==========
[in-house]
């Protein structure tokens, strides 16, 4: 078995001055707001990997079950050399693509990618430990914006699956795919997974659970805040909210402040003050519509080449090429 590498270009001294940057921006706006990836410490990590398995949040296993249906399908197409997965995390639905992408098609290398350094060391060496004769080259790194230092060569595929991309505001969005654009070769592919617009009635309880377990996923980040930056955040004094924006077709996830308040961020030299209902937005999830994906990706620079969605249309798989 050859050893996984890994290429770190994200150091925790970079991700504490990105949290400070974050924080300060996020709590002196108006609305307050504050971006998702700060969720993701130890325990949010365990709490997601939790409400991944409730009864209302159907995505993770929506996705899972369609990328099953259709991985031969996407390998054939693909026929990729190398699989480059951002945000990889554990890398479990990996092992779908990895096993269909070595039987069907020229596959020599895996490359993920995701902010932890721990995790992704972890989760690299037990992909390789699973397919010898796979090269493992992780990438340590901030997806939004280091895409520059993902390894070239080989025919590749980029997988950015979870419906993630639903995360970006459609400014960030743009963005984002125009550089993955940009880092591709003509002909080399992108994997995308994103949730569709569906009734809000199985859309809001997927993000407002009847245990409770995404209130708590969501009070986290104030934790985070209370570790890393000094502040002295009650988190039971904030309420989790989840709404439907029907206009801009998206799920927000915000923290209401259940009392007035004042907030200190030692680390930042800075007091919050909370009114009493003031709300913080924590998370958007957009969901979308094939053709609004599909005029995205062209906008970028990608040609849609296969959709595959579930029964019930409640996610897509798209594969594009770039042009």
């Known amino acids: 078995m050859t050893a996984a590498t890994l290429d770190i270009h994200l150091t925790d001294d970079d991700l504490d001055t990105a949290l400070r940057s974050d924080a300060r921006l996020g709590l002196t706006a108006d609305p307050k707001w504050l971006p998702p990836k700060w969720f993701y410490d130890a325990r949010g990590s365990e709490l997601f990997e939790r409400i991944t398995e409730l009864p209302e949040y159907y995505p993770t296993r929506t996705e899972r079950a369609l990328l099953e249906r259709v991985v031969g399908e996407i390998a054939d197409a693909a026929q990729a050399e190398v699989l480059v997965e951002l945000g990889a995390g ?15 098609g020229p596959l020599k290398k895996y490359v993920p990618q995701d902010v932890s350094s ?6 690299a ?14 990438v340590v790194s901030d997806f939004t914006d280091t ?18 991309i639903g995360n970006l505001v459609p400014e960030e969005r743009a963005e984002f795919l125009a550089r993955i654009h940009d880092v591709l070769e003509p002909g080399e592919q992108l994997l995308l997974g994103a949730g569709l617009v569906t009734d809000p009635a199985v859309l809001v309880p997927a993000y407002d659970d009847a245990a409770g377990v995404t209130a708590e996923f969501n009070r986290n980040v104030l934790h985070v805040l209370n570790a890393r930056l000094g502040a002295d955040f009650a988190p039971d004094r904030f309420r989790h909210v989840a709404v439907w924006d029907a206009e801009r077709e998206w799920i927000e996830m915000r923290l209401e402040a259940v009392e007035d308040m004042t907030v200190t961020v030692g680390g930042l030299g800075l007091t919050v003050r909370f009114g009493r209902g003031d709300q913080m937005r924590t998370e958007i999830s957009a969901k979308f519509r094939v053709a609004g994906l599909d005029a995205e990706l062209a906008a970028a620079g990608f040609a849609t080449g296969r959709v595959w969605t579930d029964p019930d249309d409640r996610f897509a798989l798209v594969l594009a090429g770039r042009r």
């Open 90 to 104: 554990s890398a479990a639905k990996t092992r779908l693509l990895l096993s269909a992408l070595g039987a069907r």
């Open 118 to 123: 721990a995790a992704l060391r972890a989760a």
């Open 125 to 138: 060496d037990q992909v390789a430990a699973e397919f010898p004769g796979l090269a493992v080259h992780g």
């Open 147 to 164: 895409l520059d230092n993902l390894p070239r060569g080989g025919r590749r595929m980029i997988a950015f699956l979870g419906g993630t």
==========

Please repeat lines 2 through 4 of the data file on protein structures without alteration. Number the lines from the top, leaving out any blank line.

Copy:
């Protein structure tokens, strides 16, 4: 078995001055707001990997079950050399693509990618430990914006699956795919997974659970805040909210402040003050519509080449090429 590498270009001294940057921006706006990836410490990590398995949040296993249906399908197409997965995390639905992408098609290398350094060391060496004769080259790194230092060569595929991309505001969005654009070769592919617009009635309880377990996923980040930056955040004094924006077709996830308040961020030299209902937005999830994906990706620079969605249309798989 050859050893996984890994290429770190994200150091925790970079991700504490990105949290400070974050924080300060996020709590002196108006609305307050504050971006998702700060969720993701130890325990949010365990709490997601939790409400991944409730009864209302159907995505993770929506996705899972369609990328099953259709991985031969996407390998054939693909026929990729190398699989480059951002945000990889554990890398479990990996092992779908990895096993269909070595039987069907020229596959020599895996490359993920995701902010932890721990995790992704972890989760690299037990992909390789699973397919010898796979090269493992992780990438340590901030997806939004280091895409520059993902390894070239080989025919590749980029997988950015979870419906993630639903995360970006459609400014960030743009963005984002125009550089993955940009880092591709003509002909080399992108994997995308994103949730569709569906009734809000199985859309809001997927993000407002009847245990409770995404209130708590969501009070986290104030934790985070209370570790890393000094502040002295009650988190039971904030309420989790989840709404439907029907206009801009998206799920927000915000923290209401259940009392007035004042907030200190030692680390930042800075007091919050909370009114009493003031709300913080924590998370958007957009969901979308094939053709609004599909005029995205062209906008970028990608040609849609296969959709595959579930029964019930409640996610897509798209594969594009770039042009």
């Known amino acids: 078995m050859t050893a996984a590498t890994l290429d770190i270009h994200l150091t925790d001294d970079d991700l504490d001055t990105a949290l400070r940057s974050d924080a300060r921006l996020g709590l002196t706006a108006d609305p307050k707001w504050l971006p998702p990836k700060w969720f993701y410490d130890a325990r949010g990590s365990e709490l997601f990997e939790r409400i991944t398995e409730l009864p209302e949040y159907y995505p993770t296993r929506t996705e899972r079950a369609l990328l099953e249906r259709v991985v031969g399908e996407i390998a054939d197409a693909a026929q990729a050399e190398v699989l480059v997965e951002l945000g990889a995390g ?15 098609g020229p596959l020599k290398k895996y490359v993920p990618q995701d902010v932890s350094s ?6 690299a ?14 990438v340590v790194s901030d997806f939004t914006d280091t ?18 991309i639903g995360n970006l505001v459609p400014e960030e969005r743009a963005e984002f795919l125009a550089r993955i654009h940009d880092v591709l070769e003509p002909g080399e592919q992108l994997l995308l997974g994103a949730g569709l617009v569906t009734d809000p009635a199985v859309l809001v309880p997927a993000y407002d659970d009847a245990a409770g377990v995404t209130a708590e996923f969501n009070r986290n980040v104030l934790h985070v805040l209370n570790a890393r930056l000094g502040a002295d955040f009650a988190p039971d004094r904030f309420r989790h909210v989840a709404v439907w924006d029907a206009e801009r077709e998206w799920i927000e996830m915000r923290l209401e402040a259940v009392e007035d308040m004042t907030v200190t961020v030692g680390g930042l030299g800075l007091t919050v003050r909370f009114g009493r209902g003031d709300q913080m937005r924590t998370e958007i999830s957009a969901k979308f519509r094939v053709a609004g994906l599909d005029a995205e990706l062209a906008a970028a620079g990608f040609a849609t080449g296969r959709v595959w969605t579930d029964p019930d249309d409640r996610f897509a798989l798209v594969l594009a090429g770039r042009r």
């Open 90 to 104: 554990s890398a479990a639905k990996t092992r779908l693509l990895l096993s269909a992408l070595g039987a069907r």